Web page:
I’ve rounded up seven best places to see the Southern Lights, from Tassie to Victoria and – travel bubbles willing – New Zealand. Find recommendations in designated dark sky sanctuaries, from a plane in the air or even in car parks. Click here to read my story for the Sydney Morning Herald/The Age newspapers’ online travel section, Traveller.

 


Driving the Snowy Valleys Way, Australia

Stop the clock, skip the highways and take the slow road through forested vales, rolling farmlands and vibrant villages. It’s time to linger longer.

I’m pleased to show you the new website for the Snowy Valleys Way, a driving route through the foothills of the Australian Alps, from Gundagai in NSW heading south through the western foothills of the Snowy Mountains to Beechworth in Victoria’s High Country.

Writing this website was a way to escape the confines of Melbourne’s COVID-19 lockdown, where I could travel to wild swimming holes and historic streets, stay in a stone farm cottage or a stylish highway inn. In my mind, I revisited farmgates and markets, walked apple orchards and visited century-old museums.

Hopefully, the website inspires you to visit these gentle landscapes, on the NSW-Victorian border, not just in your mind, but in your car, on foot, by bicycle or perhaps on horseback.

Click here to visit the new Snowy Valleys Way website.


Luxury lounging on the mighty Murray River, South Australia

‘Silver linings’ is a phrase that’s getting a good airing during this pandemic, and the silver lining for the travel industry is our eagerness to explore our own country. Take, for instance, the multitude of villages and historic towns that line our beautiful Murray River. Renmark is a case in point, with its history of paddleboats and fortified wines (surely a match made in heaven?)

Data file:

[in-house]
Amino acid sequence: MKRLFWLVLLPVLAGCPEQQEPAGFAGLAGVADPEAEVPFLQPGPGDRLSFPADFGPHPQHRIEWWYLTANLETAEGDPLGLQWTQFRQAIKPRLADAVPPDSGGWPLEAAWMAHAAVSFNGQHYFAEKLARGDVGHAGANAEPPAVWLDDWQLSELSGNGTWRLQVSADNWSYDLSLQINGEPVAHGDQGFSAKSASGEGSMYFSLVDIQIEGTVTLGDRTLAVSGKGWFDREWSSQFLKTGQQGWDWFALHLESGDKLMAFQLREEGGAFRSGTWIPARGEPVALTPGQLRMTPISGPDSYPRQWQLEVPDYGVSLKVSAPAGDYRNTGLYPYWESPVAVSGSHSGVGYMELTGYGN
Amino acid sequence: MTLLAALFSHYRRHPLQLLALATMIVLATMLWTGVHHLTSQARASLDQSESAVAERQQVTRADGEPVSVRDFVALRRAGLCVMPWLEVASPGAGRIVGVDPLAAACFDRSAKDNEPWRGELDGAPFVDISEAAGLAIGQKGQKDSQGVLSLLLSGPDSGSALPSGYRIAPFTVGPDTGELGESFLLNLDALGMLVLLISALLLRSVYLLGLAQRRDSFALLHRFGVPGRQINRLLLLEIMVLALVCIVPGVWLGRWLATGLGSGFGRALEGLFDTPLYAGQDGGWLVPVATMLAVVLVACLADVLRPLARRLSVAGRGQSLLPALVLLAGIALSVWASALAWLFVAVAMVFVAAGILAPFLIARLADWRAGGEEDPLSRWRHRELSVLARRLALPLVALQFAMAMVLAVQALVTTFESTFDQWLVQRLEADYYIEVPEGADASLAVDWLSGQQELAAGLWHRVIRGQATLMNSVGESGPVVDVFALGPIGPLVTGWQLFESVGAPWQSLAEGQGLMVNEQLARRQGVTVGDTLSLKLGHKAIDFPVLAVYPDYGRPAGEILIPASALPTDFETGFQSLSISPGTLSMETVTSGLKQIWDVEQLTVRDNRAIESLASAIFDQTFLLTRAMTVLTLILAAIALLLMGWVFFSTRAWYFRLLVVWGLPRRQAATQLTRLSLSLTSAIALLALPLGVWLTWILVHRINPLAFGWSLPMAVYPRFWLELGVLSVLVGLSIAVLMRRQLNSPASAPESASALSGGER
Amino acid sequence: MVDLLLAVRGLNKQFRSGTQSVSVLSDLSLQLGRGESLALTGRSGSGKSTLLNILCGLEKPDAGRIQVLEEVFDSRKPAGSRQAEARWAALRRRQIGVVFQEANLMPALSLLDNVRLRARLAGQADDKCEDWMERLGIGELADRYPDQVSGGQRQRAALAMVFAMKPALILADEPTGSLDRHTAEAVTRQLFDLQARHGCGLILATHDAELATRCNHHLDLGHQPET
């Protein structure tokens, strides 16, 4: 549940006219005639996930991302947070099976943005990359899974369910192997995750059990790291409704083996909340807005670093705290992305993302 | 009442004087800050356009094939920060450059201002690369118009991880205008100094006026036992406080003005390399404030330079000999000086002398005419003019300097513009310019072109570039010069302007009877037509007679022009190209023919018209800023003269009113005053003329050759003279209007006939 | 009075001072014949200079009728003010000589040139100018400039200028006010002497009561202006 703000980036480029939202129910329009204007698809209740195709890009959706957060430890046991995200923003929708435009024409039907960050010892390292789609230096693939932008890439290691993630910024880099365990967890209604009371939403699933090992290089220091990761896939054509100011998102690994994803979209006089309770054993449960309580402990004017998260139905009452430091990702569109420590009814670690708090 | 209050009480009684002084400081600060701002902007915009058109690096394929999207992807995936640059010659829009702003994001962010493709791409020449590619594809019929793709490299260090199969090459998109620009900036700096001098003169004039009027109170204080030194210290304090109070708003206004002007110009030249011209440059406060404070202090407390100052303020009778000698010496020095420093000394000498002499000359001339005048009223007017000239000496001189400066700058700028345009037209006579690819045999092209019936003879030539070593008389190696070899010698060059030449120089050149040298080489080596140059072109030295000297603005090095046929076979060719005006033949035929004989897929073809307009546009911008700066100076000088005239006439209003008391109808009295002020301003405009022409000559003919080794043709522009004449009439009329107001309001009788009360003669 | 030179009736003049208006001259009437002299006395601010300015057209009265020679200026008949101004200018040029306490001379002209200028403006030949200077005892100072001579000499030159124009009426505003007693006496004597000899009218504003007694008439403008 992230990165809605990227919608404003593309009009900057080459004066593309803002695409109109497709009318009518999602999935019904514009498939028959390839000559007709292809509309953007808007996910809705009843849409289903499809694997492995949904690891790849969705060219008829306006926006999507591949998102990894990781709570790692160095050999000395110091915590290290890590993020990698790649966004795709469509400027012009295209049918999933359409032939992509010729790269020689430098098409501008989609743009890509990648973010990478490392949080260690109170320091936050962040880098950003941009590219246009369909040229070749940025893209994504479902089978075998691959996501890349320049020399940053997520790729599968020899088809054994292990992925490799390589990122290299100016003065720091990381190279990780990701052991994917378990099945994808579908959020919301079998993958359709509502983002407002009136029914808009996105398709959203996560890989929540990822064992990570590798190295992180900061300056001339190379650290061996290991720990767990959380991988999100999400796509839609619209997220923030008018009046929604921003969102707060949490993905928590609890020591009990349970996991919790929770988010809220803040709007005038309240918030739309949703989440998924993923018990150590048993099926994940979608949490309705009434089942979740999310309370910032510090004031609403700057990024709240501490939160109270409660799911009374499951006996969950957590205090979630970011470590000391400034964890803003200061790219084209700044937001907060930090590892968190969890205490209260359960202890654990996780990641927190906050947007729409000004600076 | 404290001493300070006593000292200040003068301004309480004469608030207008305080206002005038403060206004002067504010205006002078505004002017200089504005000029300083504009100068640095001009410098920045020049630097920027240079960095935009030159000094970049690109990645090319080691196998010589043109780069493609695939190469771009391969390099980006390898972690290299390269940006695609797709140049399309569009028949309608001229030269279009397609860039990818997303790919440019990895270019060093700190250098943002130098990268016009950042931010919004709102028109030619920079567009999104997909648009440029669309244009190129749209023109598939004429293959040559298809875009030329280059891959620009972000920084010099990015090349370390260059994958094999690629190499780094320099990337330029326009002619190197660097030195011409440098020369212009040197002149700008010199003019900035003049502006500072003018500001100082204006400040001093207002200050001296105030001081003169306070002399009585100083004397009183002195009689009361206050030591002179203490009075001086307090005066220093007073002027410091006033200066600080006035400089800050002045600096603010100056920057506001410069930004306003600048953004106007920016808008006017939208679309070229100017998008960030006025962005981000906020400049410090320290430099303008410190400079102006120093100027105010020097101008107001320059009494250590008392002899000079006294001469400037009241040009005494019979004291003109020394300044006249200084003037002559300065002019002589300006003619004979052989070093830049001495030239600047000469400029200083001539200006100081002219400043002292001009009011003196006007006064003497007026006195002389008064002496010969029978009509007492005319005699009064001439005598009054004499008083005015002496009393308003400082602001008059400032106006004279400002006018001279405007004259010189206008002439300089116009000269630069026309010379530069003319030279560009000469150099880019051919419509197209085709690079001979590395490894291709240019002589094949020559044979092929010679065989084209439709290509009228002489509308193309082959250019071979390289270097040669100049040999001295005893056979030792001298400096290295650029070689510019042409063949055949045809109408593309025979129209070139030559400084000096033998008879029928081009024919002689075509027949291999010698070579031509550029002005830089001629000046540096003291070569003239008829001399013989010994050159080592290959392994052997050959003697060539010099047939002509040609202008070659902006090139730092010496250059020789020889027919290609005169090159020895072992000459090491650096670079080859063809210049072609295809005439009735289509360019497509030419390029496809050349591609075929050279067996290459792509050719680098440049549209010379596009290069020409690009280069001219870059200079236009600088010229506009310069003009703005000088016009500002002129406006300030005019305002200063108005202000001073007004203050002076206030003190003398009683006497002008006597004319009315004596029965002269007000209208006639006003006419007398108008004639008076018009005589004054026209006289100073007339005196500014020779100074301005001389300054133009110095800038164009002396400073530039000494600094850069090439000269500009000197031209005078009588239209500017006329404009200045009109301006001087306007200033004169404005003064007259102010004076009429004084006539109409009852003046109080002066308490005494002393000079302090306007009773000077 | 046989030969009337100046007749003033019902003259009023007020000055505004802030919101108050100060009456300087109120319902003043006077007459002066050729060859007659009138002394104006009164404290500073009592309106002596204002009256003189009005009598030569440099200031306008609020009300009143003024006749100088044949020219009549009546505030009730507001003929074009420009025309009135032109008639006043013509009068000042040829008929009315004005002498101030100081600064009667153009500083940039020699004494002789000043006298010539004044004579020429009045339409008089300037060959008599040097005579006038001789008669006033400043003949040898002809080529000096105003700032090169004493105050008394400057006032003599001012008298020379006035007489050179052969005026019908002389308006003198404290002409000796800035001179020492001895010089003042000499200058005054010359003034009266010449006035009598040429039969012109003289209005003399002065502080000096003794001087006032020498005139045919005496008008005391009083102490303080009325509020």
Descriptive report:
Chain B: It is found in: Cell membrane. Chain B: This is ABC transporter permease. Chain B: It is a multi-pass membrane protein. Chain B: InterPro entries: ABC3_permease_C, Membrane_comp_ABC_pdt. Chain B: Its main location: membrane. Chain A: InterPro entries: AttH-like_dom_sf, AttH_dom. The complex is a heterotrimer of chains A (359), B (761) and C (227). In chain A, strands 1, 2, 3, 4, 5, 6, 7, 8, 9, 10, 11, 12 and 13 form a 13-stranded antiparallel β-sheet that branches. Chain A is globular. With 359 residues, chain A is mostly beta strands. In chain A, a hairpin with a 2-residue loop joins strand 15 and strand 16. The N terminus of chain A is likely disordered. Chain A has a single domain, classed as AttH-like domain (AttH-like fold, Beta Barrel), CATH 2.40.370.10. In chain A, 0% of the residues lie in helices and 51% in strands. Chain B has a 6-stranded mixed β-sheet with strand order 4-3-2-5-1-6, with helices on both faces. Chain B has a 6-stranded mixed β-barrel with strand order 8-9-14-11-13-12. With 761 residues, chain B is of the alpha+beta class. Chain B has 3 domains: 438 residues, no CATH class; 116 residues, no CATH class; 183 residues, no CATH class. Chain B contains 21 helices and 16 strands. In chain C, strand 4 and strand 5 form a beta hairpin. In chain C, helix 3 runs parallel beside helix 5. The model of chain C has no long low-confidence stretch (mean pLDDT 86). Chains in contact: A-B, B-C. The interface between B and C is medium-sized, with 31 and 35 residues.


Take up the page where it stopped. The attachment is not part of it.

Just outside Renmark, in the village of Paringa, The Frames is a luxury property comprising three completely private suites that all look out onto the slow-moving Murray. Watch the waterway from the spa, on the balcony or, one of the suites, even from bed.

I absolutely recommend a visit to the 23rd Street Distillery for a little libation, and a cruise through the backwaters of the Murray River to spy wallabies and emus, kingfishers and goannas going about life in the riverlands.

To read my review in the Good Weekend magazine, click here.

The Frames

7 Panorama Court, Paringa; (08) 8595 7217; theframesluxuryaccommodation.com.au


Roadtripping on the Anti-Great Ocean Road, Victoria, Australia

Do you remember what the Great Ocean Road was, pre-COVID? Bumper-to-bumper cars ogling the 12 (or so) Apostles, the crashing surf and the koalas.

You can rail against the international travel ban (and god knows, we’ve all suffered as a result of it), or you can look for the rainbows: no more foreign tourists bogging up the scenic spots, we’ve got it all for ourselves.

Alternatively, you could try what I’ve dubbed the Anti-Great-Ocean-Road, the Hamilton Highway, which runs from Melbourne to the pearl of the Road, Port Fairy. Green fields, stone walls, historic pubs and a great dollop of indigenous and Irish history.

I wrote a piece for the Traveller section of the Sydney Morning Herald and The Age, take a look here for some Victorian travel love.